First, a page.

Since water is a crucial resource, some 35 government agencies are involved in water sector. Bangladesh Water Development Board (BWDB) under the Ministry of Water Resources is by far the most significant organization, handling major portion of all expenditure in water sector. The organization is responsible for planning, construction (including rehabilitation), O&M of infrastructures in FCDI systems like embankments, regulators, barrages etc and overall management of FCDI projects.
- Completed Projects 684 nos
- Length of Embankment 9943 km
- Length of Irrigation Canal 5111 km
- Length of Draiange Canal 3783 km
- Pump House 19 nos
- Barrage 4 nos
- Hydraulic Structures 13949 nos
The Ganges-Kobadak Project is located in South-west Region of Bangladesh. The project is implemented (Phase-I & Phase-II) for FCDI for a gross area of 197000 ha of which irrigation command area is 142000 ha. At present about 100000 ha has been brought under irrigation. After implementation of the project, additional 3.0 lakh MT food grain production was possible by providing FCDI facilities through construction of FCDI infrastructures. It is estimated that market price of this additional crop production is about Tk 3500 million (US$ 50 Million approx). Major infrastructures in this project are given below;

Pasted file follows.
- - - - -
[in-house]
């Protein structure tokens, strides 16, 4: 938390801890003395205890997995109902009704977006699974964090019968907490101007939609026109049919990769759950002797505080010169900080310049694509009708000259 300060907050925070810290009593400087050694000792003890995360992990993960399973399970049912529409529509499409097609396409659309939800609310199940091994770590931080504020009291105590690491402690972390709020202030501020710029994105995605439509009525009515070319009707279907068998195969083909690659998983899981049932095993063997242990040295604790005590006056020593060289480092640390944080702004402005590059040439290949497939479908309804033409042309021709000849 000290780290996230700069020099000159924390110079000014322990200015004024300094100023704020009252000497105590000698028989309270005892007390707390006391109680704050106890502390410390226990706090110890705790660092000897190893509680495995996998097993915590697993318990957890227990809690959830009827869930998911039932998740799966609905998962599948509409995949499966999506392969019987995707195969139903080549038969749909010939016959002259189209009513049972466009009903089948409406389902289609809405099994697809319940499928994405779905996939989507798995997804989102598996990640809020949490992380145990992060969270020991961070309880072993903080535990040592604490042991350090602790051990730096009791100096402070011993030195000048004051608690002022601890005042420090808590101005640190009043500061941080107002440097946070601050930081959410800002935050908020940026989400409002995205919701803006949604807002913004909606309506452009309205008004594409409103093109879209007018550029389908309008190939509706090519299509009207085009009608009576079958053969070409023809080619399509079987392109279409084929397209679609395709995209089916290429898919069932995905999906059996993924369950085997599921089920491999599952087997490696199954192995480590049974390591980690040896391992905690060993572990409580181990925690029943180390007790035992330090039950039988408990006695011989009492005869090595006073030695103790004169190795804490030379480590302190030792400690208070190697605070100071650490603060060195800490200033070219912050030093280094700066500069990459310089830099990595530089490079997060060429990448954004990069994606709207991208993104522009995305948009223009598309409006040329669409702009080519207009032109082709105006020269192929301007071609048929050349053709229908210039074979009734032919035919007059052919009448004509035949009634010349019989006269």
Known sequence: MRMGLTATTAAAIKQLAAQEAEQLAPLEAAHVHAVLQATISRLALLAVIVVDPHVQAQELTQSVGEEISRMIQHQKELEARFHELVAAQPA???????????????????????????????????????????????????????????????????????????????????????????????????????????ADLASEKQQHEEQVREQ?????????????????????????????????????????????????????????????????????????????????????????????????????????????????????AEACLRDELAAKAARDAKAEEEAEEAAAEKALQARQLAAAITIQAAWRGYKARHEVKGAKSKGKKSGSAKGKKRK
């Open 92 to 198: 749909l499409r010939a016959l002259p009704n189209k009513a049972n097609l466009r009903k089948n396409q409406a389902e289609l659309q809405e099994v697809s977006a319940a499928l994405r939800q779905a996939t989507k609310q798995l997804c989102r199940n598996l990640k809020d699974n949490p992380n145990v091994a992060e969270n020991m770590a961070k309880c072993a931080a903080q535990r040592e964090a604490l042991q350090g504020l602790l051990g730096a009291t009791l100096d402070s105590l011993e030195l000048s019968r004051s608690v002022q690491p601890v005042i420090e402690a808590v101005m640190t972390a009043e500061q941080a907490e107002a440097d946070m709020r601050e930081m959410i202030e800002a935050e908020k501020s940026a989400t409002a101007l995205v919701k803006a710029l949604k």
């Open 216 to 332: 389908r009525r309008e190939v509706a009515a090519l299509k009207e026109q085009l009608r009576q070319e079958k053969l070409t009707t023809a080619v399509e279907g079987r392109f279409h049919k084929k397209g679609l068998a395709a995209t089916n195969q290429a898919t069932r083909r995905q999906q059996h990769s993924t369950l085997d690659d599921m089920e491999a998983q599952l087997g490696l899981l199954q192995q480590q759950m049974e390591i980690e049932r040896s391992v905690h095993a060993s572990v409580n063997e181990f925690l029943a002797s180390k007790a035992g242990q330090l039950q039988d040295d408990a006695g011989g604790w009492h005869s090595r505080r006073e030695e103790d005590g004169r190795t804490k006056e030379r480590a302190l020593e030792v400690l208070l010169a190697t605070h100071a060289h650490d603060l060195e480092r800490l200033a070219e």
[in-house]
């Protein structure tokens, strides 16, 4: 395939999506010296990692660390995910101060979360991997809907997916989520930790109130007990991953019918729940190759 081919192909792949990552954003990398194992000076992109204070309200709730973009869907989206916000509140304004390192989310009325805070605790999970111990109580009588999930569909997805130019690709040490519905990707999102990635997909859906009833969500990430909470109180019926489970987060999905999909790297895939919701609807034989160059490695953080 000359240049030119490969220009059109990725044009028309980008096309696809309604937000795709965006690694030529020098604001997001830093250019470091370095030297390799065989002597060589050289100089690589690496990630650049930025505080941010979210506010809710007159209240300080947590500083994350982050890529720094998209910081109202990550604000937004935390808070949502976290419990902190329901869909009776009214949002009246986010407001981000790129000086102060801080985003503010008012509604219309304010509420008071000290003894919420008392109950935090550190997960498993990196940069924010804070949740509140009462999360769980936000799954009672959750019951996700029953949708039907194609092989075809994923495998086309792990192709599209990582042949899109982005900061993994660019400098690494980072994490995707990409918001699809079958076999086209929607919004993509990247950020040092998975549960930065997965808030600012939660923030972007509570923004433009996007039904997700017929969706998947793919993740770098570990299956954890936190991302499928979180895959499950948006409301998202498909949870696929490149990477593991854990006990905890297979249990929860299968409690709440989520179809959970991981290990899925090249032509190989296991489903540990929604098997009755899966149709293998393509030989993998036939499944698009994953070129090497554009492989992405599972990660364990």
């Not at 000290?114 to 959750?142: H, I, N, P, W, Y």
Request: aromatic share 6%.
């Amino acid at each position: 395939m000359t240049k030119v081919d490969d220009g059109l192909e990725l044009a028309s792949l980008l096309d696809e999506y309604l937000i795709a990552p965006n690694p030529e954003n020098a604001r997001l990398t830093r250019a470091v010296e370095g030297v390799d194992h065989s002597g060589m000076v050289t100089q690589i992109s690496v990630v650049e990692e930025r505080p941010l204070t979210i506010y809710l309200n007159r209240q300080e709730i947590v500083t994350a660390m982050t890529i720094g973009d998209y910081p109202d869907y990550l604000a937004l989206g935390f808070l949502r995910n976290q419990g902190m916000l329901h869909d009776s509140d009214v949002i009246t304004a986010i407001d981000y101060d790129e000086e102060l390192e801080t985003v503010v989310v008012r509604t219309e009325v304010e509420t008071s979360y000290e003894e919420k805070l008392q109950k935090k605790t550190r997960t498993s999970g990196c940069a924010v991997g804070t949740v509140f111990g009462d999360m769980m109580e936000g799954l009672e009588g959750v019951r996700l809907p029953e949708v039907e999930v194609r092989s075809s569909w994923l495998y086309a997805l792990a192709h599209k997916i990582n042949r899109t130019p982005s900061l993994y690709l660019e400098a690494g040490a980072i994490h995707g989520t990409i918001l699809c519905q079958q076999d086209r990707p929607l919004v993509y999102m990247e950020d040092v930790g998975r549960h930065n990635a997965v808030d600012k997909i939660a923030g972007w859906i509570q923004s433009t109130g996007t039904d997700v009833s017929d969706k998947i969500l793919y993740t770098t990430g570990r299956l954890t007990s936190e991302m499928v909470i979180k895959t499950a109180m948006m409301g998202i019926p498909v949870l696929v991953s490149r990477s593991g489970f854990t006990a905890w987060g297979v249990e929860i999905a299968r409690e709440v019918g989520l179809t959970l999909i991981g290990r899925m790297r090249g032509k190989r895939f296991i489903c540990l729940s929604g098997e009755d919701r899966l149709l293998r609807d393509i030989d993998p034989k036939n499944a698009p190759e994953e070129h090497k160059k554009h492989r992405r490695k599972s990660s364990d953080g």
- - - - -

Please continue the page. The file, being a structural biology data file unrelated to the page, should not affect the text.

- Pump House 2.0 nos
- Flood Control Embankment 39.0 km
- Irrigation Canal 1655.0 km
- Drainage Canal 971.0 km
- Hydraulic Structure 2184 nos
Command Area Development for Teesta Barrage Project (Phase-I)
The Phase-I of Teesta Barrage Project (TBP) was completed in June 1998 covering a gross benefited area of 1,54,250 ha and a net irrigable area of 111,406 ha. Main objective of the project was to increase productivity of the land by achieving full potential benefit of irrigation in the project area. It provides supplementary irrigation for transplanted Aman. In addition, irrigation of Rabi and Aus crops may also be possible in limited scale depending on availability of surface water resources. After implementation of the project, additional food grain production of Tk 4000 million (US$ 57 Million approx) is now possible by providing FCDI facilities through construction of FCDI infrastructures. Major infrastructures in this project are given below;
- Barrage 1.0 no (615 m)
- Closure Dam 1.0 no (2470 m)
- Flood Control Embankment 80.0 km
- Irrigation Canal 650.0 km
- Drainage Canal 250.0 km
- Hydraulic Structure 1160 nos
Meghna-Dhonagoda Irrigation Project
Meghna-Dhonagoda Irrigation Project (MDIP) is located in the Southeast Region of Bangladesh. The project was implemented with the objective for providing irrigation and flood protection to around 14000 hectares of cultivable land. The project became operational from 1989. Additional 46.0 thousand MT food grain productions are now possible by providing FCDI facilities through construction of FCDI infrastructures. It is estimated that market price of this additional crop production is about Tk 370 million (US$ 5.28 Million approx). Major infrastructures in this project are given below;